Recently I started working on a quick demo to create an interactive visualization with Kinect. The idea was to create a music visualization that could be interacted with Kinect and after someone interacts a trigger causes a message to appear.
Starting out, I experimented with creating the demo using OpenFrameworks using CPU Particles. I experimented with particles morphing into multiple shapes/images and different visual combinations.
After a couple of days, I realized that this path would require time and effort to produce any decent results and I was planning to make this demo within 2 weeks. Looking up at multiple different solutions, I went for the one with the one that would produce the biggest bang for the buck i.e Unity3D.
I started experimenting with 2D GPU particles using different examples and did rapid iterations, but after a few experiments I realized that too required more time than I was willing to invest right now.
This hunt for a nice GPU particle solution led me to TC Particles. This package is incredible, I have gone up to 2 million particles maintaining 60 fps. So now that I had the particles resolved, I messed around with my audio device settings and read the input from my mic so that I can use the song currently being played as input.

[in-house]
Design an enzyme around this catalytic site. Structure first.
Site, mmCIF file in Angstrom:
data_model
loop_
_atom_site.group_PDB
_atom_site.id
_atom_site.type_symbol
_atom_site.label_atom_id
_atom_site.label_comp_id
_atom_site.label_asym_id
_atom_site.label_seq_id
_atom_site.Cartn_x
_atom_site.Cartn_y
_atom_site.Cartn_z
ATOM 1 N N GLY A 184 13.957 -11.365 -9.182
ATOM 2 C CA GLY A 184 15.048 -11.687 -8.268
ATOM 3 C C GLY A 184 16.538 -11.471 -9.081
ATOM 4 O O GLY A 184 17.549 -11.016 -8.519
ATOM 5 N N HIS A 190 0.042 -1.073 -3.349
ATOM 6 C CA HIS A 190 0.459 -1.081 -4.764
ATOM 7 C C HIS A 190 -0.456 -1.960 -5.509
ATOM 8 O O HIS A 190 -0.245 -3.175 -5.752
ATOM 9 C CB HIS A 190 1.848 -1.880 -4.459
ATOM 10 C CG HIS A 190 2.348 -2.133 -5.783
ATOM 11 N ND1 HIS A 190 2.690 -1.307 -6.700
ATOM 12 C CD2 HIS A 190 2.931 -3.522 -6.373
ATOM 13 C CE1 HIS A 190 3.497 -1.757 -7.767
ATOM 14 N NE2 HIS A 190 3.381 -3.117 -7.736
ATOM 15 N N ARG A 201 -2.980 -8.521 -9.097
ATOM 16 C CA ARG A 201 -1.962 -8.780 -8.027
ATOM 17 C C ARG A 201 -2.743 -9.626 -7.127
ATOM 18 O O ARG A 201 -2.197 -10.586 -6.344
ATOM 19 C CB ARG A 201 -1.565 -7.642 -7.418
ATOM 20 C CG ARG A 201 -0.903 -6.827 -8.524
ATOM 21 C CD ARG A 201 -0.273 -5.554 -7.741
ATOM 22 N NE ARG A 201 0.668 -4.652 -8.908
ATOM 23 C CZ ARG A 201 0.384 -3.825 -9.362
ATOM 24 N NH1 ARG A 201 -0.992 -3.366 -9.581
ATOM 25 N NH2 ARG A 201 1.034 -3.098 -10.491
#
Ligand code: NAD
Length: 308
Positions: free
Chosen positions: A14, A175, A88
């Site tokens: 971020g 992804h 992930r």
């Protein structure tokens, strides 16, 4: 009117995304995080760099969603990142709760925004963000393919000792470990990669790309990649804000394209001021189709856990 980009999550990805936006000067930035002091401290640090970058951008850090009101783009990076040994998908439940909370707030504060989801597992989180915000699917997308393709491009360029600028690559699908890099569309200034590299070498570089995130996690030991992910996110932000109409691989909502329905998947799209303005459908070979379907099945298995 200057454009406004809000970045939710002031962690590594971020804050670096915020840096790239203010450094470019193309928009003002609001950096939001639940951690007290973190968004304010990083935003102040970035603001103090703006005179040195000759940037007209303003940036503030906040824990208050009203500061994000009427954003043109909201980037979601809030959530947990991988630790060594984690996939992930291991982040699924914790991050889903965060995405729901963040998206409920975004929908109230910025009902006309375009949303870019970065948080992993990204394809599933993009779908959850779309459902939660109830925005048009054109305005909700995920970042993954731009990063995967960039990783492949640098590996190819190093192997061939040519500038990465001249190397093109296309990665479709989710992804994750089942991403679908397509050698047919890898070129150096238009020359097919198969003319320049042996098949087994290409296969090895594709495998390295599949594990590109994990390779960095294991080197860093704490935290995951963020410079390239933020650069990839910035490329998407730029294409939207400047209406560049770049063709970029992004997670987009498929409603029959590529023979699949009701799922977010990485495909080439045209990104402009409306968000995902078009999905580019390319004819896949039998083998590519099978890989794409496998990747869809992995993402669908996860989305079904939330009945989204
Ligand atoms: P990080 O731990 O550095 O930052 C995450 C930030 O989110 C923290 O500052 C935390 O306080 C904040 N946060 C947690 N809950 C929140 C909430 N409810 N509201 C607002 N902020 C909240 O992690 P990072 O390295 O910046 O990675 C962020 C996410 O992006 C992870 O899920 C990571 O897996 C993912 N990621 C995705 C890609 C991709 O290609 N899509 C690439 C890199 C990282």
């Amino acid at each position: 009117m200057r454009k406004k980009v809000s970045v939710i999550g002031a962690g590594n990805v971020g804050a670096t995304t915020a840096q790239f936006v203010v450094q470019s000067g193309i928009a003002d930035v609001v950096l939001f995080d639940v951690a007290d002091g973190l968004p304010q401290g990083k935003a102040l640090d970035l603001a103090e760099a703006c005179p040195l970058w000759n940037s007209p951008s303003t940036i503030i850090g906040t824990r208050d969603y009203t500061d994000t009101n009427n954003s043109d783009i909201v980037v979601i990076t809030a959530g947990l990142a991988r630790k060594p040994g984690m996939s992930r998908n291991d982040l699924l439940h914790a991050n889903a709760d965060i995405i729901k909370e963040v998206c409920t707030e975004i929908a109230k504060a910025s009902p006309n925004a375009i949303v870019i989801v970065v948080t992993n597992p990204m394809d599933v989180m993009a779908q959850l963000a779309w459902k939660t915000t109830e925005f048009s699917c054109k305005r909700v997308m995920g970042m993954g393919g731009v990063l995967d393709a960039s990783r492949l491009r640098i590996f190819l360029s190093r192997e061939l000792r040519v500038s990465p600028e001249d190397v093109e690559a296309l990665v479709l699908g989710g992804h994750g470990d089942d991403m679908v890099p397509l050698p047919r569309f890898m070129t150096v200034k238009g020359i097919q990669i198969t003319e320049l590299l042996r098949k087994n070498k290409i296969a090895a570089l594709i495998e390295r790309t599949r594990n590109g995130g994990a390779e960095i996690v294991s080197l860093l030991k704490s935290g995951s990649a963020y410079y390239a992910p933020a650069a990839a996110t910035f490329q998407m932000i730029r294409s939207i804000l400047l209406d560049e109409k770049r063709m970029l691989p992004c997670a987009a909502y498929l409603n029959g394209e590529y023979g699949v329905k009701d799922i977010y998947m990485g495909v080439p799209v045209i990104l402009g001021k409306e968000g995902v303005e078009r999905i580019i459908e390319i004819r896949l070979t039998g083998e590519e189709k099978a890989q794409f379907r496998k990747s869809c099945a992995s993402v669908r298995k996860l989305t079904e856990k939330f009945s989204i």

For the visualization I just mapped the FFT to particle properties. Properties were mapped with a simple formula, Property = Factor * fn(FFT[sample]). I used the factor to scale the FFT value to produce a better visual result and used some kind of a function (e.g cos, log, exponent) to produce a different mapping for particle behaviour.
After that I just integrated a Unity Kinect sample to use skeleton tracking and added box colliders to the skeleton to allow interaction. I don’t really like this method of interaction, it would be far better if the particle systems was in 2D and we could collide directly with depth map data, but ill leave that for some other day.
All in all it turned out to be a nice proof of concept.